As Investors Suggest Tying Executive Compensation to Progress in ESG / Sustainability – Can This Be Factored Into Today’s Corporate Pay Programs?

by Hank Boerner – Chair and Chief Strategist, G&A Institute

For several decades now, investors have increasingly focused on issues involving executive compensation. 

Remember Graef S. Crystal?  Back in early 1990s the former compensation consultant to the nation’s largest corporations shape-shifted and became an author and activist focused on what he believed to be “excess” pay arrangements for U.S. corporate CEOs. (His 1992 book on the subject was a best-seller, “In Search of Excess – the Overcompensation of American Executives”.)

Crystal began his career at Towers Perrin, where he worked for two decades as a consultant to major companies on corp comp; he also taught at Haas School of Business (University of California, his alma mater). In later years Graef Chrystal was a leading commentator for Bloomberg News. (He passed away in April 2017.)

Every company faces the same questions, he explained in simple terms:  in terms of compensation of the senior management team, how much and how? 

In his work as a leading CEO comp consultant he explored the various approaches of the day and set the foundation for conversation about CEO comp over the ensuing months and years. (As corporate boards set compensation practices in place.) He was a major influence in his time as consultant in developing compensation programs for large public companies.

In 1989 he “switched” sides from advising Coca Cola et al and became a very vocal critic of CEO compensation schemes without having formal, accountable pay-for-performance systems in place.

For Crystal, It Was All About Pay-for-Performance

Let’s recognize here that much progress has been made in linking pay to performance over the years since Crystal’s (and others’) call for reform of the compensation packages of publicly-traded companies.  Institutional shareholder activism has certainly been a factor.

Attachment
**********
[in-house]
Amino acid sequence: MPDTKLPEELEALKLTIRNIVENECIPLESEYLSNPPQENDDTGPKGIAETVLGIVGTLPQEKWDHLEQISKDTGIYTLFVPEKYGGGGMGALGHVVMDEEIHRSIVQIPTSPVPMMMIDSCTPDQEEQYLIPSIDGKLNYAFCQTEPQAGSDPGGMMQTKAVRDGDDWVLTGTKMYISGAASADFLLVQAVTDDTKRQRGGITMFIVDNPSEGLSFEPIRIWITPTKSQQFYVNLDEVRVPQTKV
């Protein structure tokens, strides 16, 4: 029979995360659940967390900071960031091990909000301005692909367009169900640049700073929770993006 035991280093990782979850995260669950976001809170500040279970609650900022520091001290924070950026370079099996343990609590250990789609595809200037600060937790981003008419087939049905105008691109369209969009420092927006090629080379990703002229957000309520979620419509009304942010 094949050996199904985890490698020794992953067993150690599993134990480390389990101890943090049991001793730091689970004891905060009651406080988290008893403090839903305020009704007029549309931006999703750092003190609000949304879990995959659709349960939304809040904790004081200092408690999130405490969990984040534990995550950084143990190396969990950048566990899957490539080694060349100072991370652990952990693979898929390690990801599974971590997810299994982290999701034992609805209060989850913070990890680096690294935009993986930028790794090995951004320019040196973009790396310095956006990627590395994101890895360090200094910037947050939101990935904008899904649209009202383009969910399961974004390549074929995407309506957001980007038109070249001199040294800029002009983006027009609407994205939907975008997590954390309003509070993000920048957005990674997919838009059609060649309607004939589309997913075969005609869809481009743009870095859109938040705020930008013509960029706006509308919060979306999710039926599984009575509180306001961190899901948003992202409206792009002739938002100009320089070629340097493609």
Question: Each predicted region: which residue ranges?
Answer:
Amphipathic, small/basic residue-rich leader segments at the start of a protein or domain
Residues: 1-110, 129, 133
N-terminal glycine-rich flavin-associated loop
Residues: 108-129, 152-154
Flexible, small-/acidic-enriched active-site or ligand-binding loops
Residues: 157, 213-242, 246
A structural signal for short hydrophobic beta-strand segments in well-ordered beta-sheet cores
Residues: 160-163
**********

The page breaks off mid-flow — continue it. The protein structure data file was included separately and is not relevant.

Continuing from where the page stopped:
And as we have seen with the passage of new laws and operating rules of the road, there is increasing focus on CEO compensation. For example the Dodd-Frank legislation of 2010 – the the U.S. Congress attempted in the new statutes to address the issue. (The annual public report on the ratio of CEO pay to the median worker in U.S. public companies came about this way.)

The Dodd-Frank rules call for an advisory shareholder vote on the corporate compensation programs (the frequency of this vote to be approved by the shareholders).

The corporate proxy statement today greatly illuminates the board thinking in the structuring of basic executive compensation for the top executives — pay levels plus a growing variety of incentives.

More recently, there are calls from some institutional investors to have executive compensation tied to performance related to ESG / sustainability.

Authors Seymour Burchman and Blair Jones writing in The Harvard Business Review see “…the final link in the chain of improving corporate accountability for sustainability is to tie improvements to pay”. 

That gets us closer to Graef Crystal’s fundamental questions of how much and how?

These are real challenges for boards in considering the how of incentives tied to ESG — the number of possible sustainability improvement goals grows by the day. 

The long-term efforts to realize payback from most ESG initiatives don’t easily fit into the usual annual or three-year incentive timeframes. 

And then because incentives are typically tied to financial results…revenues, profit, returns…how do you weight the non-financial aspects of the business…and develop clear ROIs for ESG?

The authors — both experienced compensation advisors, like the late Graef Crystal — set out five steps to designing sustainability incentives to address these challenges and more to enable boards and management teams to create incentives that respond to internal and external stakeholder priorities.

Briefly, these are:

(1) reexamine the context – what are your measurements?;

(2) clarify the organizational scope – where to apply the incentives;

(3) quantify the duration (time horizon);

(4) consider the ends and the means – what are the goals?;

(5) and then structure the incentives. 

The authors spell out the specifics of each of the five steps.

The public discussion that Graef Crystal helped to start on the subject of senior management compensation more than a quarter-century ago continues today with varying expectations of investors about how much and how, but with far greater transparency on the part of companies about their plans.

We are now seeing companies acknowledging the importance of factoring progress in sustainability efforts into the pay packages. 

We think corporate boards and managements, and investors in the enterprise, will find the Top Story of importance in the context of the growing expectation that executive compensation will somehow reflect the continuing embrace of sustainability (or “ESG”) by public companies of all sizes in the U.S.A. – and by a growing number of mainstream asset owners and their managers.

This Week’s Top Story

5 Steps for Tying Executive Compensation to Sustainability
(Source: Harvard Business Review) – The final link in the chain of improving corporate accountability for sustainability is to tie improvements to pay. In our last article, we explained that companies should use incentives to motivate executives to tap big…

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